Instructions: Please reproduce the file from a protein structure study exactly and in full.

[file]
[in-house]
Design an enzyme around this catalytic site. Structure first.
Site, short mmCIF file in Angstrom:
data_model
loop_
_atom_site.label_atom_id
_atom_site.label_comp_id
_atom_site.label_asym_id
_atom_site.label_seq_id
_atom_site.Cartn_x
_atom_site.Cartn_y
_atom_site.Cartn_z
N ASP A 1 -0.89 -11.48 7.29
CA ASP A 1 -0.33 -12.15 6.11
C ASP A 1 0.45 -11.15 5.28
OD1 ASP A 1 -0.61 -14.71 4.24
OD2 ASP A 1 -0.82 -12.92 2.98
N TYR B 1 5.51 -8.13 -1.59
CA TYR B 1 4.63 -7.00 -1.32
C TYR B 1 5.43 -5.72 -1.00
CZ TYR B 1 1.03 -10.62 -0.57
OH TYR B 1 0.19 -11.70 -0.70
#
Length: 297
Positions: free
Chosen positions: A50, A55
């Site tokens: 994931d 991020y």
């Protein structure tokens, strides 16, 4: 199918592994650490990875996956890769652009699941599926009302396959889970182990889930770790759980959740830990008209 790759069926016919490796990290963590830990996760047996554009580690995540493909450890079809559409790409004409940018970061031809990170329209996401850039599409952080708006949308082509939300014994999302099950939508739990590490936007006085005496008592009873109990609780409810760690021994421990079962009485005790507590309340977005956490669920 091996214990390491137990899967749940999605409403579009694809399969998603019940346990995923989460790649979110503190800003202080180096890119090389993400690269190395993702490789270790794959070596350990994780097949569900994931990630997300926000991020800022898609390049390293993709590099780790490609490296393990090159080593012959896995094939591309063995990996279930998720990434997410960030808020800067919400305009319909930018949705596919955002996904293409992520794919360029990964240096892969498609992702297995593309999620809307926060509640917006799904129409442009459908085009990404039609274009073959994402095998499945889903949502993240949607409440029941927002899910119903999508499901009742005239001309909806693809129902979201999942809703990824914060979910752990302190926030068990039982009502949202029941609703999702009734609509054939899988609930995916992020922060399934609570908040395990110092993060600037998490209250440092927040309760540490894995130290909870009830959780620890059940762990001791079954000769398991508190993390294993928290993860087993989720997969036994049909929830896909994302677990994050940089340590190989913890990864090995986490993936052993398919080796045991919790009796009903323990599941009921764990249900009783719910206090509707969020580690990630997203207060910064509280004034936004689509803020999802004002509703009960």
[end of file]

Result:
[in-house]
Design an enzyme around this catalytic site. Structure first.
Site, short mmCIF file in Angstrom:
data_model
loop_
_atom_site.label_atom_id
_atom_site.label_comp_id
_atom_site.label_asym_id
_atom_site.label_seq_id
_atom_site.Cartn_x
_atom_site.Cartn_y
_atom_site.Cartn_z
N ASP A 1 -0.89 -11.48 7.29
CA ASP A 1 -0.33 -12.15 6.11
C ASP A 1 0.45 -11.15 5.28
OD1 ASP A 1 -0.61 -14.71 4.24
OD2 ASP A 1 -0.82 -12.92 2.98
N TYR B 1 5.51 -8.13 -1.59
CA TYR B 1 4.63 -7.00 -1.32
C TYR B 1 5.43 -5.72 -1.00
CZ TYR B 1 1.03 -10.62 -0.57
OH TYR B 1 0.19 -11.70 -0.70
#
Length: 297
Positions: free
Chosen positions: A50, A55
């Site tokens: 994931d 991020y």
């Protein structure tokens, strides 16, 4: 199918592994650490990875996956890769652009699941599926009302396959889970182990889930770790759980959740830990008209 790759069926016919490796990290963590830990996760047996554009580690995540493909450890079809559409790409004409940018970061031809990170329209996401850039599409952080708006949308082509939300014994999302099950939508739990590490936007006085005496008592009873109990609780409810760690021994421990079962009485005790507590309340977005956490669920 091996214990390491137990899967749940999605409403579009694809399969998603019940346990995923989460790649979110503190800003202080180096890119090389993400690269190395993702490789270790794959070596350990994780097949569900994931990630997300926000991020800022898609390049390293993709590099780790490609490296393990090159080593012959896995094939591309063995990996279930998720990434997410960030808020800067919400305009319909930018949705596919955002996904293409992520794919360029990964240096892969498609992702297995593309999620809307926060509640917006799904129409442009459908085009990404039609274009073959994402095998499945889903949502993240949607409440029941927002899910119903999508499901009742005239001309909806693809129902979201999942809703990824914060979910752990302190926030068990039982009502949202029941609703999702009734609509054939899988609930995916992020922060399934609570908040395990110092993060600037998490209250440092927040309760540490894995130290909870009830959780620890059940762990001791079954000769398991508190993390294993928290993860087993989720997969036994049909929830896909994302677990994050940089340590190989913890990864090995986490993936052993398919080796045991919790009796009903323990599941009921764990249900009783719910206090509707969020580690990630997203207060910064509280004034936004689509803020999802004002509703009960």